So I found myself a doctor, one who smiled kindly at me, as I wept in her office. Confided in her my sense of shame at trying to medicate away my problems. Everyone has crosses to bear – so many people have been dealt a hand of cards much worse than mine. And yet, princess that I am, I am giving up the fight, and gonna pop some pills to make my burden smaller. She listened, handed me kleenex, and promised me that we would work together, one month at a time, to find me a dosage that gave me access to the best parts of my brain, while minimizing the side-effects of the medication. I sniffled, and decided to trust her.

My therapist didn’t even try hide his glee when I told him the news. He danced a full blown jig, even as I weepily told him how guilty I felt. This, this is progress, this is maturity. Life is about compromising, Vanilla. You are finally acknowledging all of yourself, the strengths and weaknesses, and figuring out how to build your best life. That is only way to achieve happiness. You are FINALLY doing it.

So here I am. On medication. Trying to find my true self, even as it is chemically changing. Every side-effect makes me nervous and sad. The heightened anxiety, the extreme loss of appetite, the dry mouth, the increased irritability (my coworkers are very entertained by the appearance of Bitchy Vanilla. Apparently Bitchy Vanilla is fun to hang out with. I think she is short-tempered and snarky), the heart palpitations. The rising panic that my identity can be so easily manipulated by a pill – what kind of a trade-off am I really making?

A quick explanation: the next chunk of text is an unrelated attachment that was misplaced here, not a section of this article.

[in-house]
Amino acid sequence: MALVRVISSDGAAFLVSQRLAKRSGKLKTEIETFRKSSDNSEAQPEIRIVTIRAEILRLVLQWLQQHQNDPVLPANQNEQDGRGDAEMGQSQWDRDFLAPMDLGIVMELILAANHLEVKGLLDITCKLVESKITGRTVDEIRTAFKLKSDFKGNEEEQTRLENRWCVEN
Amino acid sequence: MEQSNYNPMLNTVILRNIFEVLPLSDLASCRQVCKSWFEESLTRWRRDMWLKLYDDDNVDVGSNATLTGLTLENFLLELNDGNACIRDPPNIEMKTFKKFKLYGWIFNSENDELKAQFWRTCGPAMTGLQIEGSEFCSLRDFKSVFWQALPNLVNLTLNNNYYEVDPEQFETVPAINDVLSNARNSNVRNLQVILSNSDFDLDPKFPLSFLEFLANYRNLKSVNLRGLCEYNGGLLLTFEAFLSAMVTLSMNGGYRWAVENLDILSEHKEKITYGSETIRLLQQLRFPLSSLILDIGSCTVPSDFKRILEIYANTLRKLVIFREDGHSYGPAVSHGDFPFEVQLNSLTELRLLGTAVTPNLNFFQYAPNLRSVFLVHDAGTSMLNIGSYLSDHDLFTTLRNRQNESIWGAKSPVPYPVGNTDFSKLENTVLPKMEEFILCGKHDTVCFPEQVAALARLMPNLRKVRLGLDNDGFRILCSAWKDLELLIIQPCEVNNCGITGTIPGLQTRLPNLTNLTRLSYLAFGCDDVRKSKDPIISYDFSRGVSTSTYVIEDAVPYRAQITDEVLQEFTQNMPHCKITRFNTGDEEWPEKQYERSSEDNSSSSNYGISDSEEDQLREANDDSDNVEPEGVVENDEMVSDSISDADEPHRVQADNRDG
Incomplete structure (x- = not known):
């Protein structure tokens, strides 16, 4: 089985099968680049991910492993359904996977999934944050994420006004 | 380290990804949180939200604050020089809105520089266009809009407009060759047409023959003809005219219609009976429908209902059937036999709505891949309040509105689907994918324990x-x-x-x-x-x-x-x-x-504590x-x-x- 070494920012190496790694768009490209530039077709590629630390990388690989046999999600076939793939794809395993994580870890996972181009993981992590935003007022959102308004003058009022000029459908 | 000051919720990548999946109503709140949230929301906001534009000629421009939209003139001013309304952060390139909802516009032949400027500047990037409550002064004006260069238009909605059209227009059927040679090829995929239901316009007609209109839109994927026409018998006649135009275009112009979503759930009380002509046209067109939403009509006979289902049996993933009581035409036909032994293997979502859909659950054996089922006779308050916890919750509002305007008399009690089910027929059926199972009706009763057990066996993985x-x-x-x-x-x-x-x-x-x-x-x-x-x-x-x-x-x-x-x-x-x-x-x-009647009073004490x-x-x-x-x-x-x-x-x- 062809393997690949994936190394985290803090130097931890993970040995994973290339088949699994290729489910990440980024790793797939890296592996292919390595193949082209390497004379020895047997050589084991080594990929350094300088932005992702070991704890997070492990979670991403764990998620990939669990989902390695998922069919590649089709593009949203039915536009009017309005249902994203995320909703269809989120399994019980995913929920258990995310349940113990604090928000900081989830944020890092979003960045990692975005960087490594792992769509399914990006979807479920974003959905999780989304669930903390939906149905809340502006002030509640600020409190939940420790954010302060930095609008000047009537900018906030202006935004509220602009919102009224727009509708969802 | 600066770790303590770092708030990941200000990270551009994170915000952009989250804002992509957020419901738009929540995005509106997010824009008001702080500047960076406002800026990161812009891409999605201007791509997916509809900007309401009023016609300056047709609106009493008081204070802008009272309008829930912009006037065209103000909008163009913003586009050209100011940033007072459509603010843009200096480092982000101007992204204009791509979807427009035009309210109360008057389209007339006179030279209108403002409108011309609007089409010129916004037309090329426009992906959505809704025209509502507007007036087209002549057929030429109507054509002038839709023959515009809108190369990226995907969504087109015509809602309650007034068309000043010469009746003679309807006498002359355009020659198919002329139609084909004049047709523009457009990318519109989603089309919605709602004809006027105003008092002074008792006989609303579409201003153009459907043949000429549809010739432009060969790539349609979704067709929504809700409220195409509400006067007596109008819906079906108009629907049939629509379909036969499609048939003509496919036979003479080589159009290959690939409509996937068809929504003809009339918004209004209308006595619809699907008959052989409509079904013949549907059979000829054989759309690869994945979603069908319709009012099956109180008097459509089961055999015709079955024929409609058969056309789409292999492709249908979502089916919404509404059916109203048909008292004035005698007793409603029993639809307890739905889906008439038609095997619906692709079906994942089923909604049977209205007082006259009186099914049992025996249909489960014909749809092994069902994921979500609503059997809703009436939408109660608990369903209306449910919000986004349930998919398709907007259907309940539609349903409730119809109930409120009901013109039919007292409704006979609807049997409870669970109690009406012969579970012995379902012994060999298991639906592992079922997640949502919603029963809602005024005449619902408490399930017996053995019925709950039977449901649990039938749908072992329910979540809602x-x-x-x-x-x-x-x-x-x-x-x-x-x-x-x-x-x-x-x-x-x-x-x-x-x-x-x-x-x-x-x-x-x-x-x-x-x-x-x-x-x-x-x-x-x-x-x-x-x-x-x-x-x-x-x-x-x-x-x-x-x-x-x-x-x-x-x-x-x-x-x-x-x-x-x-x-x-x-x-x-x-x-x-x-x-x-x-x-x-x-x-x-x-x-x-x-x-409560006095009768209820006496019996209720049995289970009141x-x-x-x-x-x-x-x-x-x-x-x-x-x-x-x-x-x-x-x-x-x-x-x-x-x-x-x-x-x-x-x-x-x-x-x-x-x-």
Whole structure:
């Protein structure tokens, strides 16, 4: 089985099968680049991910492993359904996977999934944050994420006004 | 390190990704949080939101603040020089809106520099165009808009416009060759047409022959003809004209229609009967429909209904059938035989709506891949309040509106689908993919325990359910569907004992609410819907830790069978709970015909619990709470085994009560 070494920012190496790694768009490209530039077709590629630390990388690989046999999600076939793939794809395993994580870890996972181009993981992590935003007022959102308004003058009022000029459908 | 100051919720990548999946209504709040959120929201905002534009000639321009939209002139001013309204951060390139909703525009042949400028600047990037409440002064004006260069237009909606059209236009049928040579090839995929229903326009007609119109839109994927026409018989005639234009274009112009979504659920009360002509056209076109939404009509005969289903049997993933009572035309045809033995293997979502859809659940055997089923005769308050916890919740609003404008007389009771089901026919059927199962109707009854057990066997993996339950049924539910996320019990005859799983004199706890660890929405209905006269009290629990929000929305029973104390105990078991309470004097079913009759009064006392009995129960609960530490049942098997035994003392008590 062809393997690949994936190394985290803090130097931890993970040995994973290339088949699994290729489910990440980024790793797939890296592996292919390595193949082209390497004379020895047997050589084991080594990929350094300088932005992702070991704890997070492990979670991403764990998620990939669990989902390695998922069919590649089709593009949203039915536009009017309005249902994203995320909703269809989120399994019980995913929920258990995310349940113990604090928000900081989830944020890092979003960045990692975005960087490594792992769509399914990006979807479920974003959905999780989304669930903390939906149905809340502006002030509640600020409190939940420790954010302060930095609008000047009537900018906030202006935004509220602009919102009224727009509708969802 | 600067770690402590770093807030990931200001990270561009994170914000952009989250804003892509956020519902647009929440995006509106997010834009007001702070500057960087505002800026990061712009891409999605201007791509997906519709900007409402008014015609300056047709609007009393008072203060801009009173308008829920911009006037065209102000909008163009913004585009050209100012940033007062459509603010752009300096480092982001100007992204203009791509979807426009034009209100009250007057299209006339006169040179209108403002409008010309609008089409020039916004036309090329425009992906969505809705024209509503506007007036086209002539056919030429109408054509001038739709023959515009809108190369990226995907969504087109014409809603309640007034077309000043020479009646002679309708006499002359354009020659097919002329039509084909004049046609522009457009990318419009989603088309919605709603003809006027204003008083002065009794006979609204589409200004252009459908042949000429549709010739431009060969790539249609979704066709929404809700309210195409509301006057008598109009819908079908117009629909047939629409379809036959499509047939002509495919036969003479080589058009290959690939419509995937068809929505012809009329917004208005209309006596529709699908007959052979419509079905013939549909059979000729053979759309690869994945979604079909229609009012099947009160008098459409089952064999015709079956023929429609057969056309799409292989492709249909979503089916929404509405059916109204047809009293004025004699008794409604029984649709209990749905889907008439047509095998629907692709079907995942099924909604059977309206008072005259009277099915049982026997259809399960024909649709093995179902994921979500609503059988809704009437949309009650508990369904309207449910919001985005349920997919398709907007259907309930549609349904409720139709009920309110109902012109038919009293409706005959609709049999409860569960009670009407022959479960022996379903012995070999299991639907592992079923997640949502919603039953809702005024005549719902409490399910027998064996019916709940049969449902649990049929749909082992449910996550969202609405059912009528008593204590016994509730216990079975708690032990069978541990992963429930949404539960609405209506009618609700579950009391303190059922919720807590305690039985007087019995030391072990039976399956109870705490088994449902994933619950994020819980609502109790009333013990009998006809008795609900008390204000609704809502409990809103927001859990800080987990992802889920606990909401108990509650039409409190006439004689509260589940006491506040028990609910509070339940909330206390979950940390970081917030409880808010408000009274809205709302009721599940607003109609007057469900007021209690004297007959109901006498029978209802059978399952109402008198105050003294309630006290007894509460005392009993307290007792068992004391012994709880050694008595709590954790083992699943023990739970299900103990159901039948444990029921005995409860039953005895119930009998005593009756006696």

This is gonna be one long bumpy ride. 




  1. Life is a bitch.
    I don’t have ADD, I have depression, but I completely identify with that feeling that I should somehow be able to control this and defeat it without the introduction of medication etc.
    I have finally overcome that feeling and I associate my acceptance of it with my acceptance that I am always going to have depression and that the fight is not to defeat it, it’s to manage it.
    I think you did the right thing. You did the thing that takes care of you and manages your life and your situation.

    Liked by 1 person

  2. I relate so much to this, even though my diagnosis is PTSD, not ADD. When my kids were growing up, they called me a neat freak. I was, too, and proud of it. But now my children are grown with adult children of their own, and I am only a wannabe neat freak. My home is a pig sty and has been for the past five plus years What happened to my ability to get stuff done? I’m not sure. But it is frustrating.

    Liked by 1 person

  3. Thank you for writing this.

    Side bar: I nominated you for a Liebster Award. All the deets are on my latest post 🙂


  4. ❤ I had the same worries when I first went on medication, and I've learned that it doesn't change who I am, it just helps me get through life and overcome challenges. So if it has a positive effect, I say go for it. Either way, in solidarity with you. xx

    Liked by 1 person

    1. Thanks. I’m at much more at peace with it this time round, because I am confident that my reasons aren’t some weird convoluted lazy ambition. Whole other blog post, but basically I think happiness is linked to BEING and not DOING. So it isn’t the DOING of my career that will bring me happiness. However, the ability to be productive, knowing that I did a good job, I pulled my weight in the team, BEING a good productive team player WILL make me happy. And medication will help me be that. And indirectly, make me happier.

      And really… there is nothing wrong with aiming for a bit of happiness. Right? right.

      Liked by 1 person